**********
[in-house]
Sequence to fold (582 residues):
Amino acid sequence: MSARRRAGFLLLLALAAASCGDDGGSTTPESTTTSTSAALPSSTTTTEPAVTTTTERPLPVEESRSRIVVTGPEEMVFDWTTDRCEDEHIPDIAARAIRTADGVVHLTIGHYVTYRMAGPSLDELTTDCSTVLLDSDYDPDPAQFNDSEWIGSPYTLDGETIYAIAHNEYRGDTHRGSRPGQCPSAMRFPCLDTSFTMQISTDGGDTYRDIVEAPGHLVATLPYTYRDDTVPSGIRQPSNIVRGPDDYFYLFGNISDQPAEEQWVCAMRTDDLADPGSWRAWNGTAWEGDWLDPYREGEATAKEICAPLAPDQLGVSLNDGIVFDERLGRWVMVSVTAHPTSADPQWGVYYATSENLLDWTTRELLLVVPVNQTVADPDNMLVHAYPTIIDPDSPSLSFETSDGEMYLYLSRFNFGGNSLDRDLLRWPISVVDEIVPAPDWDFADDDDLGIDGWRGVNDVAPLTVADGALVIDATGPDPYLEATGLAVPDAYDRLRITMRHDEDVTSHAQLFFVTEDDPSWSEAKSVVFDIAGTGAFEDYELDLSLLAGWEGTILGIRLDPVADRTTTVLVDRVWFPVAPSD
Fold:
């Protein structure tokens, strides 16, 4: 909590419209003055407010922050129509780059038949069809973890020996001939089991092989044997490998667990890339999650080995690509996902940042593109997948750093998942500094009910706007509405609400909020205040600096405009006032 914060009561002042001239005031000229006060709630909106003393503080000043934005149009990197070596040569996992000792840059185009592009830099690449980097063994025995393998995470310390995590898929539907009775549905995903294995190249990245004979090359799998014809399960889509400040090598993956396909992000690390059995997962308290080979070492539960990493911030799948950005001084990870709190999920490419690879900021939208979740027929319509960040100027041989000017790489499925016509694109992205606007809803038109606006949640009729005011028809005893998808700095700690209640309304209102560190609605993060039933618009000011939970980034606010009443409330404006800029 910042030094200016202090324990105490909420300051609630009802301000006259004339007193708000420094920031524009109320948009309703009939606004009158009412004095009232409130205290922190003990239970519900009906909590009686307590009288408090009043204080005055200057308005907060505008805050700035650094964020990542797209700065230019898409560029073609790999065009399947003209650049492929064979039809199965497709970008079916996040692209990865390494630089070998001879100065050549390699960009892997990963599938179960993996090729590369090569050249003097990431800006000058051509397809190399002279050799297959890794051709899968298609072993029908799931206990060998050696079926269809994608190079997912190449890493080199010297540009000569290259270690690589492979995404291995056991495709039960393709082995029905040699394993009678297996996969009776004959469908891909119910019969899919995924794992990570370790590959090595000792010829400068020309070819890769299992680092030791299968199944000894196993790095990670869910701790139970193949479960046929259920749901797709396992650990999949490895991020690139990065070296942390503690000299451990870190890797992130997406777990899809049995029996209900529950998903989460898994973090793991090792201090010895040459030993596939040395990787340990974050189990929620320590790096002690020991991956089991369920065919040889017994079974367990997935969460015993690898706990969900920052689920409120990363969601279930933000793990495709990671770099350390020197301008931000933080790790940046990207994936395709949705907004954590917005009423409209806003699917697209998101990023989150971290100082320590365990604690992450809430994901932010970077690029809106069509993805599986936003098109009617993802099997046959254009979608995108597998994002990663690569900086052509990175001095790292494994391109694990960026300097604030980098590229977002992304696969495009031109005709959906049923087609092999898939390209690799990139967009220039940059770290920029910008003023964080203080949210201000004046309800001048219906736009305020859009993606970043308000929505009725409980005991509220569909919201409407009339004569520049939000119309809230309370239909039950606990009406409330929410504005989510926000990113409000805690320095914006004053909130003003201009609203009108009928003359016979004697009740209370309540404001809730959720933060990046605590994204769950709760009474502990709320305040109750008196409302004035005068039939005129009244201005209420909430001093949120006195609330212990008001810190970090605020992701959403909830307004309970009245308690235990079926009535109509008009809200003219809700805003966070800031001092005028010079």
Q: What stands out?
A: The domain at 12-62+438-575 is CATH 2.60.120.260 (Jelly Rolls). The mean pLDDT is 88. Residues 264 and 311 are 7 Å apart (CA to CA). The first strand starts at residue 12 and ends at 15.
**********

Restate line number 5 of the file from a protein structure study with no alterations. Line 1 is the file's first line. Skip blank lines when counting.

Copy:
């Protein structure tokens, strides 16, 4: 909590419209003055407010922050129509780059038949069809973890020996001939089991092989044997490998667990890339999650080995690509996902940042593109997948750093998942500094009910706007509405609400909020205040600096405009006032 914060009561002042001239005031000229006060709630909106003393503080000043934005149009990197070596040569996992000792840059185009592009830099690449980097063994025995393998995470310390995590898929539907009775549905995903294995190249990245004979090359799998014809399960889509400040090598993956396909992000690390059995997962308290080979070492539960990493911030799948950005001084990870709190999920490419690879900021939208979740027929319509960040100027041989000017790489499925016509694109992205606007809803038109606006949640009729005011028809005893998808700095700690209640309304209102560190609605993060039933618009000011939970980034606010009443409330404006800029 910042030094200016202090324990105490909420300051609630009802301000006259004339007193708000420094920031524009109320948009309703009939606004009158009412004095009232409130205290922190003990239970519900009906909590009686307590009288408090009043204080005055200057308005907060505008805050700035650094964020990542797209700065230019898409560029073609790999065009399947003209650049492929064979039809199965497709970008079916996040692209990865390494630089070998001879100065050549390699960009892997990963599938179960993996090729590369090569050249003097990431800006000058051509397809190399002279050799297959890794051709899968298609072993029908799931206990060998050696079926269809994608190079997912190449890493080199010297540009000569290259270690690589492979995404291995056991495709039960393709082995029905040699394993009678297996996969009776004959469908891909119910019969899919995924794992990570370790590959090595000792010829400068020309070819890769299992680092030791299968199944000894196993790095990670869910701790139970193949479960046929259920749901797709396992650990999949490895991020690139990065070296942390503690000299451990870190890797992130997406777990899809049995029996209900529950998903989460898994973090793991090792201090010895040459030993596939040395990787340990974050189990929620320590790096002690020991991956089991369920065919040889017994079974367990997935969460015993690898706990969900920052689920409120990363969601279930933000793990495709990671770099350390020197301008931000933080790790940046990207994936395709949705907004954590917005009423409209806003699917697209998101990023989150971290100082320590365990604690992450809430994901932010970077690029809106069509993805599986936003098109009617993802099997046959254009979608995108597998994002990663690569900086052509990175001095790292494994391109694990960026300097604030980098590229977002992304696969495009031109005709959906049923087609092999898939390209690799990139967009220039940059770290920029910008003023964080203080949210201000004046309800001048219906736009305020859009993606970043308000929505009725409980005991509220569909919201409407009339004569520049939000119309809230309370239909039950606990009406409330929410504005989510926000990113409000805690320095914006004053909130003003201009609203009108009928003359016979004697009740209370309540404001809730959720933060990046605590994204769950709760009474502990709320305040109750008196409302004035005068039939005129009244201005209420909430001093949120006195609330212990008001810190970090605020992701959403909830307004309970009245308690235990079926009535109509008009809200003219809700805003966070800031001092005028010079």